The Re-awakening

A new era starts in 2004

Please click once on any picture to enlarge it, and on the marked phrases to visit the relevant group's website.

In 2004, after some years of debate, the trustees resolved to drum up a revival of Weaveley Furze's ancient purpose combined with modern woodland management in the interests of wildlife and visitors. A thorough survey in May that year led to contact with the Oxfordshire Woodland Project and a fund-raising target of £9,800 for initial work and five years' consolidation.   

Trustees visit the Furze in May 2004 to decide what action to take to benefit the woodland, wildlife and visitors
Courtesy Shipton-on-Cherwell & Thrupp Newsline

Initial clearing of a patch of the wood during the visit
Courtesy Shipton-on-Cherwell & Thrupp Newsline

Thanks to the generosity of the Trust for Oxfordshire's Environment, Cherwell district council, the Forestry Commission and Shipton-on-Cherwell and Thrupp parish council, funds were raised pay for two years' work which started immediately, much helped by enthusiastic volunteers. In May 2006 a Grand Re-awakening of the Furze was held in the main glade amid the trees.

The blueprint for the future which won funding in 2005/6

Woodland work is fun! A working party of volunteers in 2005
Courtesy Shipton-on-Cherwell & Thrupp Newsline
And here they are again in glorious Technicolor - (L-R: Margaret Price, Alison Matthews, Paul Teasdale, Tricia Eldridge, Paul Eldridge, Mark, Olivia and Martin Knops, Tony Matthews) 

The trust maintained its grants to local people in need throughout this period, including modest funding of schools whose pupils paid organised visits to the Furze as part of the national curriculum. The footpath sign on the Banbury-Oxford road, and the gate and noticeboard at the entrance to the wood (pictured left) were also installed to help and encourage visitors. Other events included voluntary clearing sessions by individuals and groups, including the planting of 100 trees in one day in December 2006 by members of the Oxfordshire Baha'i community. The Oxford Playbus also gave generous help under their scheme to offset the environmental effects of road transport by helping local woodland.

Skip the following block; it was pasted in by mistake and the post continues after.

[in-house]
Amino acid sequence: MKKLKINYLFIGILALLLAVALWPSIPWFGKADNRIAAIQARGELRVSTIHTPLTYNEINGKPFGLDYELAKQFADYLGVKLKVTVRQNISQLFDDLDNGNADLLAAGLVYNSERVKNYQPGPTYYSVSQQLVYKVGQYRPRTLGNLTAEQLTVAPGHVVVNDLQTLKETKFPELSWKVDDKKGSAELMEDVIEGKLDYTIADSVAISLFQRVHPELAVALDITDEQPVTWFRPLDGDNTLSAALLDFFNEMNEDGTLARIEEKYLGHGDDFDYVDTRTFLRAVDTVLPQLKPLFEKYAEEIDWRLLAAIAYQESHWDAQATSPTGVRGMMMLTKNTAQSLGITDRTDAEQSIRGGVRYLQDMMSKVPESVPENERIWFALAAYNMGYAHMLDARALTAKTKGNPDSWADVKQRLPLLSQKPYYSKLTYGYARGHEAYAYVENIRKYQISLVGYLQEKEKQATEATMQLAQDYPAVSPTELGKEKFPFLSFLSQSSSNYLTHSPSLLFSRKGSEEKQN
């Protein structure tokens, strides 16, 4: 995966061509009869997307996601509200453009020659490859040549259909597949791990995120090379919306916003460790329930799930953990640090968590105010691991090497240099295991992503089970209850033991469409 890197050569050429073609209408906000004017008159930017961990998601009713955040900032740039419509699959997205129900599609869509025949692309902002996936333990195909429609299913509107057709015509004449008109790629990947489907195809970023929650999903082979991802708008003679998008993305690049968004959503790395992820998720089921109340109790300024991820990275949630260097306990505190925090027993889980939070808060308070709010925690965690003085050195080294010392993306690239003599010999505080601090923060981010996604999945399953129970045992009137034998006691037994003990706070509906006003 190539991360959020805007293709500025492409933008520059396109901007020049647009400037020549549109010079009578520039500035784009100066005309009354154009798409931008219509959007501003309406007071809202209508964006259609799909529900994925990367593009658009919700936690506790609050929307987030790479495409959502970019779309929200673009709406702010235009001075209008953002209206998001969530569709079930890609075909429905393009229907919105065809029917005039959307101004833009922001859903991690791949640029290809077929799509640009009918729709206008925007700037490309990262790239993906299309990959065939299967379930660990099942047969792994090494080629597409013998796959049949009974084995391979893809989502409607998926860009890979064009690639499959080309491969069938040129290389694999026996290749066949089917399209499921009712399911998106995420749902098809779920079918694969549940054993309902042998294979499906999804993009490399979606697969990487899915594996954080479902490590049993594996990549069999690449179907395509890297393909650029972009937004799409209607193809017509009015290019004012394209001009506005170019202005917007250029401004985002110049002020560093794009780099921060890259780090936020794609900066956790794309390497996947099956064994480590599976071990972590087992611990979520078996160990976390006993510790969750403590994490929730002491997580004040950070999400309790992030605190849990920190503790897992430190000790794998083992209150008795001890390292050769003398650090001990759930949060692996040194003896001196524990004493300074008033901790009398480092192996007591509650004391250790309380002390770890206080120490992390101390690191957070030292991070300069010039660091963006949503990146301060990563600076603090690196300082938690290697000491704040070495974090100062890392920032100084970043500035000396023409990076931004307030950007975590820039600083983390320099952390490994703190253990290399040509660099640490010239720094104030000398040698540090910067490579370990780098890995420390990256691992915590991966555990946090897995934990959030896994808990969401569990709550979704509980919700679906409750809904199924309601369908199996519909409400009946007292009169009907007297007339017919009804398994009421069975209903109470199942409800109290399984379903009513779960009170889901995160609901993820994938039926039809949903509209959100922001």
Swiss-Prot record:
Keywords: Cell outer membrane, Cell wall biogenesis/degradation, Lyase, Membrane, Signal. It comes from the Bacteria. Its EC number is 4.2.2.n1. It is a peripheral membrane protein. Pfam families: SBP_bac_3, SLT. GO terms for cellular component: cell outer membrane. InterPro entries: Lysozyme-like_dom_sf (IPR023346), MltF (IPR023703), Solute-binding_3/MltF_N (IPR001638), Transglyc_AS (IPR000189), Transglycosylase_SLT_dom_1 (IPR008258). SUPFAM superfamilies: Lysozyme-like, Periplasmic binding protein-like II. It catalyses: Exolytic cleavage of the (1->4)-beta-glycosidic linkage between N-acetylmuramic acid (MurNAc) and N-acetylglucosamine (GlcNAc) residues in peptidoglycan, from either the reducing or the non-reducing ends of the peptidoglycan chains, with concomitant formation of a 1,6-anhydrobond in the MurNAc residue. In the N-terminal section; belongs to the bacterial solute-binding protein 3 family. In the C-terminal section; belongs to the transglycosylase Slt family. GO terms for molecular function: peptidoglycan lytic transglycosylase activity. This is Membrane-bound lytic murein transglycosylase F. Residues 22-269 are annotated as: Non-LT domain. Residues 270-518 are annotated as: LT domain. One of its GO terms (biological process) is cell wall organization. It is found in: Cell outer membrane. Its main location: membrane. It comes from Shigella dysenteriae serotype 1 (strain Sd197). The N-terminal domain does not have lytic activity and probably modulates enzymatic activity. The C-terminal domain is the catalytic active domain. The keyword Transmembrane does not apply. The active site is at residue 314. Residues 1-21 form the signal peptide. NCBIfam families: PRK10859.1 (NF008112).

Others join in: Oxfordshire's Baha'i community plant trees in December 2006
Article and photo courtesy of the Oxford Times
As the revival continued, a section of the wood was set aside for hazel coppicing which became a modest but steady earner for the trust through the sale of peasticks and beanpoles - enthusiastically cut and shaped by volunteers - at Bunker's Hill garden centre nearby. These have been joined by Christmas holly garlands, while many other projects have been debated, from the encouragement of wild edible fungi to nesting boxes for owls.

The trust has benefited from other generous donors in recent years, including Woodstock Natural History Society and the sale of rhubarb in Thrupp,  We are constantly seeking new ideas, of which this website launched in November 2015 is another example, and especially welcome anyone interested in occasional sessions of planting, clearing and coppicing. You may have read Thomas Hardy's The Woodlanders. Now you can be one!  Please use Contact Form to get in touch.

No comments:

Post a Comment